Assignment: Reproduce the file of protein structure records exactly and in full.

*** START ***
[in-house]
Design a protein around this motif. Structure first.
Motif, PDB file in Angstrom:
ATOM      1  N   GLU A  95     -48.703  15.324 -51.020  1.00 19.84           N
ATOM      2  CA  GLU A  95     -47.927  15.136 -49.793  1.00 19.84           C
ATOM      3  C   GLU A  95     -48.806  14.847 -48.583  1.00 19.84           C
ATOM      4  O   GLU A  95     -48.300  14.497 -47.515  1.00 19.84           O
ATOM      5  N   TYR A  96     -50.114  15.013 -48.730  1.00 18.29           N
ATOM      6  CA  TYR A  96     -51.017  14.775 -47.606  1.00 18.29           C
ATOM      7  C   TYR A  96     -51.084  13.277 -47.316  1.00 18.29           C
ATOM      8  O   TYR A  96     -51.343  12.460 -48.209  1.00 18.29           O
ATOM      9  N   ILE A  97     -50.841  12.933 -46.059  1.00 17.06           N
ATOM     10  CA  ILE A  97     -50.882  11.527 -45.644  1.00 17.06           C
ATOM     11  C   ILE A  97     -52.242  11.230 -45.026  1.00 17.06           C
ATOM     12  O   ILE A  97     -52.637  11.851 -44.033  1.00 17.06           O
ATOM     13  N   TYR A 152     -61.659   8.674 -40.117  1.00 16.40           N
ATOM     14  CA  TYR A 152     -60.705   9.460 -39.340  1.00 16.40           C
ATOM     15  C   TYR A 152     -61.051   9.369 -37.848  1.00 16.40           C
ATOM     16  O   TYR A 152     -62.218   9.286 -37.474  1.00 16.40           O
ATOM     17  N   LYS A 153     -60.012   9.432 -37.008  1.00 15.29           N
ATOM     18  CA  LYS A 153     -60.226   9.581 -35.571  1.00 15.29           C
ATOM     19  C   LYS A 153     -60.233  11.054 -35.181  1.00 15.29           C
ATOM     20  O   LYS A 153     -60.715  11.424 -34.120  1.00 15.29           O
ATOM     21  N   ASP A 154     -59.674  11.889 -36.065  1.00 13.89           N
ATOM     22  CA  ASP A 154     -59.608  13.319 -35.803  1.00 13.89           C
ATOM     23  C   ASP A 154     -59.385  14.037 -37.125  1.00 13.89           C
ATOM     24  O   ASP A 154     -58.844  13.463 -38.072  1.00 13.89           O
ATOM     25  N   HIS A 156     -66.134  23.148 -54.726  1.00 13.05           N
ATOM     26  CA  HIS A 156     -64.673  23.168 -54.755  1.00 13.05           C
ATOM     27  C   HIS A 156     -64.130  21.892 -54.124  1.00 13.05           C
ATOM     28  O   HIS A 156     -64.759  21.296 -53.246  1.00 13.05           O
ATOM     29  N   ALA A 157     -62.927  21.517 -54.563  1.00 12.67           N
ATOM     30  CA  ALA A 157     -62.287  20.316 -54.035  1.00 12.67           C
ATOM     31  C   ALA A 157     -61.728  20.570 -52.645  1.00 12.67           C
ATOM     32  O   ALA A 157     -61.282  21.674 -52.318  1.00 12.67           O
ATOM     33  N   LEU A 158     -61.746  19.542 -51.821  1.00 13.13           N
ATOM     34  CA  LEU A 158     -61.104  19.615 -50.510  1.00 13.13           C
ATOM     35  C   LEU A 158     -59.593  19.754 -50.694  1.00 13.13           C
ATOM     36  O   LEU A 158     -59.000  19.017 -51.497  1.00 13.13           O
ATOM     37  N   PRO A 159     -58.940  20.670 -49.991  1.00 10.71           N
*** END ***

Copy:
[in-house]
Design a protein around this motif. Structure first.
Motif, PDB file in Angstrom:
ATOM      1  N   GLU A  95     -48.703  15.324 -51.020  1.00 19.84           N
ATOM      2  CA  GLU A  95     -47.927  15.136 -49.793  1.00 19.84           C
ATOM      3  C   GLU A  95     -48.806  14.847 -48.583  1.00 19.84           C
ATOM      4  O   GLU A  95     -48.300  14.497 -47.515  1.00 19.84           O
ATOM      5  N   TYR A  96     -50.114  15.013 -48.730  1.00 18.29           N
ATOM      6  CA  TYR A  96     -51.017  14.775 -47.606  1.00 18.29           C
ATOM      7  C   TYR A  96     -51.084  13.277 -47.316  1.00 18.29           C
ATOM      8  O   TYR A  96     -51.343  12.460 -48.209  1.00 18.29           O
ATOM      9  N   ILE A  97     -50.841  12.933 -46.059  1.00 17.06           N
ATOM     10  CA  ILE A  97     -50.882  11.527 -45.644  1.00 17.06           C
ATOM     11  C   ILE A  97     -52.242  11.230 -45.026  1.00 17.06           C
ATOM     12  O   ILE A  97     -52.637  11.851 -44.033  1.00 17.06           O
ATOM     13  N   TYR A 152     -61.659   8.674 -40.117  1.00 16.40           N
ATOM     14  CA  TYR A 152     -60.705   9.460 -39.340  1.00 16.40           C
ATOM     15  C   TYR A 152     -61.051   9.369 -37.848  1.00 16.40           C
ATOM     16  O   TYR A 152     -62.218   9.286 -37.474  1.00 16.40           O
ATOM     17  N   LYS A 153     -60.012   9.432 -37.008  1.00 15.29           N
ATOM     18  CA  LYS A 153     -60.226   9.581 -35.571  1.00 15.29           C
ATOM     19  C   LYS A 153     -60.233  11.054 -35.181  1.00 15.29           C
ATOM     20  O   LYS A 153     -60.715  11.424 -34.120  1.00 15.29           O
ATOM     21  N   ASP A 154     -59.674  11.889 -36.065  1.00 13.89           N
ATOM     22  CA  ASP A 154     -59.608  13.319 -35.803  1.00 13.89           C
ATOM     23  C   ASP A 154     -59.385  14.037 -37.125  1.00 13.89           C
ATOM     24  O   ASP A 154     -58.844  13.463 -38.072  1.00 13.89           O
ATOM     25  N   HIS A 156     -66.134  23.148 -54.726  1.00 13.05           N
ATOM     26  CA  HIS A 156     -64.673  23.168 -54.755  1.00 13.05           C
ATOM     27  C   HIS A 156     -64.130  21.892 -54.124  1.00 13.05           C
ATOM     28  O   HIS A 156     -64.759  21.296 -53.246  1.00 13.05           O
ATOM     29  N   ALA A 157     -62.927  21.517 -54.563  1.00 12.67           N
ATOM     30  CA  ALA A 157     -62.287  20.316 -54.035  1.00 12.67           C
ATOM     31  C   ALA A 157     -61.728  20.570 -52.645  1.00 12.67           C
ATOM     32  O   ALA A 157     -61.282  21.674 -52.318  1.00 12.67           O
ATOM     33  N   LEU A 158     -61.746  19.542 -51.821  1.00 13.13           N
ATOM     34  CA  LEU A 158     -61.104  19.615 -50.510  1.00 13.13           C
ATOM     35  C   LEU A 158     -59.593  19.754 -50.694  1.00 13.13           C
ATOM     36  O   LEU A 158     -59.000  19.017 -51.497  1.00 13.13           O
ATOM     37  N   PRO A 159     -58.940  20.670 -49.991  1.00 10.71           N